20 FEBRUARY 1875, Page 10


DURING the past three weeks there has been sitting at St. Petersburg a mixed body of officials, nobles and com- moners, which may almost be called the first Representative assembly of Russia. Of course we must not be in any haste to attribute to an extremely slight and small beginning of representative institutions the ideas prevalent in countries of electoral Parliamentary systems. Simon de Montfort's Parlia- ment, six hundred and ten years ago, was many stages ahead of the Russian innovation, even though this latter should ultimately be found to possess all the importance which is ascribed to it. Simon de Montfort's representatives of the people were not only representatives, but delegates, while at St. Pertersburg the members of the quasi-representative body have been nominated from above, not elected from below. The fact remains, however, that a restricted number of persons avowedly representative of the Government, the bureaucracy, the nobility, and the commonalty has been called together by the Russian Crown for the purpose, as is still the theory of British legis- lation, of tendering their advice and assistance to the Sovereign in the construction of a body of law most closely affecting the interests of almost all classes of the Russian people. At the head of the Assembly comes the Minister for the Imperial Domains, Walujew, as President, with Privy Councillor Prince Lieven as Vice-President, and eight leading officials of Minis- terial Departments, who may be said to represent the Central Government. Eleven presidents of Governmental Territorial boards furnish the administrative and bureau- cratic category. The nobility are represented by a similar number of district " Marshals of the Nobility," a description of Earls-Marshal on a small scale, with numerous local responsi- bilities to discharge. Finally, the Commons, as we should call them, have their representatives, though not their delegates, in the persons of the two Burgomasters of Moscow and St. Peters- burg, and six leading manfacturers and merchants selected by the Minister of Finance,—a very poor total indeed, so far as numbers go, and as strictly tied down to the part of a simply consultative body as the most exacting theories of autocratic majesty could require. There it stands, however, a body of public representatives, chosen from the various orders in the State, and implying, if not as yet the duty, at any rate the propriety of taking the people themselves into council when the affairs of the people are under consideration.

The business which this representative and quasi-popular body has been called to transact is of a character which does not tend to diminish the significance of such an assembly. The most serious social and economic questions of our era formed the special subject of their deliberation,—the relations of em- ployers and employed ; the formation, the dissolution, and the breach of contracts between masters and workmen or servants; the employment of children and minors in factories and work- shops ; the duration of the hours of labour ; the provision of education for the children of work-people and operatives ; the dietary and housing of work-people,---in fine, the varied in- terests of agricultural labourers, factory hands, servants, cab- drivers, porters, carters, river boatmen,—all the fifteen or sixteen millions of Russians who depend upon manual exer- tion alone for their livelihood, and who are thus distinguished from the fifty-five or sixty millions of peasants possessing more or less divided titles to landed estates. Furthermore, it is understood that the recommendations of the Assembly will forthwith be clothed with the Imperial sanction, and in this manner the analogy with regular Parliamentary bodies may be said to be complete.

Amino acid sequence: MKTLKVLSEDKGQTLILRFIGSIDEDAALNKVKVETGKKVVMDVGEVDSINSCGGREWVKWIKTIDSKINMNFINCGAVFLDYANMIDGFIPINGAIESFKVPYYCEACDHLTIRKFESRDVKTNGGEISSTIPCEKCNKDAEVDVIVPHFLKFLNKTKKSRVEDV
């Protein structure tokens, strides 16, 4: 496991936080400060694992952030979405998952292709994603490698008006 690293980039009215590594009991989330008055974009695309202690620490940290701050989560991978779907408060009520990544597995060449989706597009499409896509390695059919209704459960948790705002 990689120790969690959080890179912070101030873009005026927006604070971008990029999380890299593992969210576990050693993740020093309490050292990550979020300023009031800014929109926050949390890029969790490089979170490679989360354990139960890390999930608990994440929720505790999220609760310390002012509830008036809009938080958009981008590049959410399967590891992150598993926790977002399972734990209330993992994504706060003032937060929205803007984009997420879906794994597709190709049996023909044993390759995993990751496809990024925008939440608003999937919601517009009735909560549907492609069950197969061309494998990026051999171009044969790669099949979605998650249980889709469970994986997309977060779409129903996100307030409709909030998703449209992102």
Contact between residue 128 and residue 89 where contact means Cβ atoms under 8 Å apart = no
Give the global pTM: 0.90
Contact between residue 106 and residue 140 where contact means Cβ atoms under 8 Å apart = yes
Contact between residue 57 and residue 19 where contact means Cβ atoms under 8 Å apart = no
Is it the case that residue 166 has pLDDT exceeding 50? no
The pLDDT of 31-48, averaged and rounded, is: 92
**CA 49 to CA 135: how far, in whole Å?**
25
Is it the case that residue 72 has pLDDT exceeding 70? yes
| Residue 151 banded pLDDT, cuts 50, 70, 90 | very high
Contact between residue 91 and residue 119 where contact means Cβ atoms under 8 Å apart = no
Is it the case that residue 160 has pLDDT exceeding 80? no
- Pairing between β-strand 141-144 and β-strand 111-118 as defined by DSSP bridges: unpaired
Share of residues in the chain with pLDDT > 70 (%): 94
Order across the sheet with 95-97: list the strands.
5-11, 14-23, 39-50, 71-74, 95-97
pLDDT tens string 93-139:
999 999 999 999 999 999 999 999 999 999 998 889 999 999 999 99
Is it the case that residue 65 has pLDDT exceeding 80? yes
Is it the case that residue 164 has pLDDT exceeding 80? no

Perhaps, in the view of the House of Romanoff, as well as certainly among the vast population which takes the Czar for the direct Vicegerent of Heaven over Holy Russia, such delibe- rations of such a body no more enter into the processes of the Government than any private conversation of a dozen personal acquaintances. Were the members sum- moned in twenty times the numbers, and with twenty times the formality, the Emperor would probably hesitate no more about quashing a disagreeable resolution of theirs than our own James I. when he met the celebrated Protestation of his Parliament in 1621, " that the liberties, franchises, and juris- dictions of Parliament are the ancient and undoubted birth- right and inheritance of the subjects of England," by straight- way sending for the "Journals " of the House of Commons and tearing out the Protestation with his own most Royal hand. The conveniences, and still more, the necessities of States are, in the long-run, superior to the most tenacious traditions. So long as Russia-- was--one- -enormous slave plantation— of course, we do not mean any exaggeration by the use of this exaggerated phrase — with an intermediate group of noble overseers and a single and absolute proprietor above all, the very completeness of the despotism allowed of its being essentially uncomplicated and easy to wield. In fact, as in constitutional theory, there was only one will in the Empire, that of the Czar and his Privy Council. Even of his Princes and Barons, the Emperor Paul was able to say, with considerable veracity, " the only man \yip'. is noble in my dominions is the man to whom I speak, aricr' for the time that I am speaking to him." But times have changed. Since the Ukase of Emancipation, free wills by scores of millions have been recognised to exist, and it is no longer possible to govern those millions on the system of -a patriarchal slaveholder. The concern has become too complicated. The very business before the quasi-Parliamentary Council at St. Petersburg is evidence of the fact. What talk and what trouble could there be about•" contracts," in the days when men's obligations were determined, not by agree- ment, but by inherited condition ? Freedom is a grand premiss, the mightiest and most productive of premisses. Were the Czar all the political economists of humanity rolled into one, he must be obliged to enlarge the machinery which sufficed in a bygone epoch to ascertain and satisfy the requirements of his Empire. There must be some sort of representative, be it only consultative, arrangement by which the ever more and more involved wants and developments of an emancipated civilisation, of an emancipated barbarism even, can be adequately brought under the notice of the legislative and executive authority. The Czar, be he ten times an autocrat, must in the long-run satisfy in his administration the material wants of his people; and since he has transformed that people from a semi-mechanical mass only capable of receiving impulsion from outside into a freely combining aggregate of individual men, . he must take the ulterior consequences of the revolution he has already sanctioned. The people is never consulted by the Sovereign in the com- mencements of Parliamentary legislation, except when the dangers of legislating in the dark outweigh the dangers of taking the people into council. Those half-dozen mayors and merchants at St. Petersburg were summoned because in the full meaning of the word their advice was wanted, and the still more serious question of agrarian legislation which is already mooted, and which must go down to the very foundations of Russian society, will necessitate still more urgently the calling-in of the people to assist at moulding the destinies of the people. Such precedents inevitably repeat themselves, however gradually, however stubbornly, and whether they ripen to reform or burst into revolution. Russia is not India. It is not a subjugated country, held down by foreign power, governed by foreign intelligence and foreign abilities. The foreigners who have administered it have done so not as, foreigners, but as Russians, and in the short or the long run, the summits of authority in liberated communities must reflect the principles that have transformed the general body. The parish affairs of the Russian people are already managed on the representative basis. It is possible that we have seen a beginning of similar procedure in the growing domain of Imperial legislation.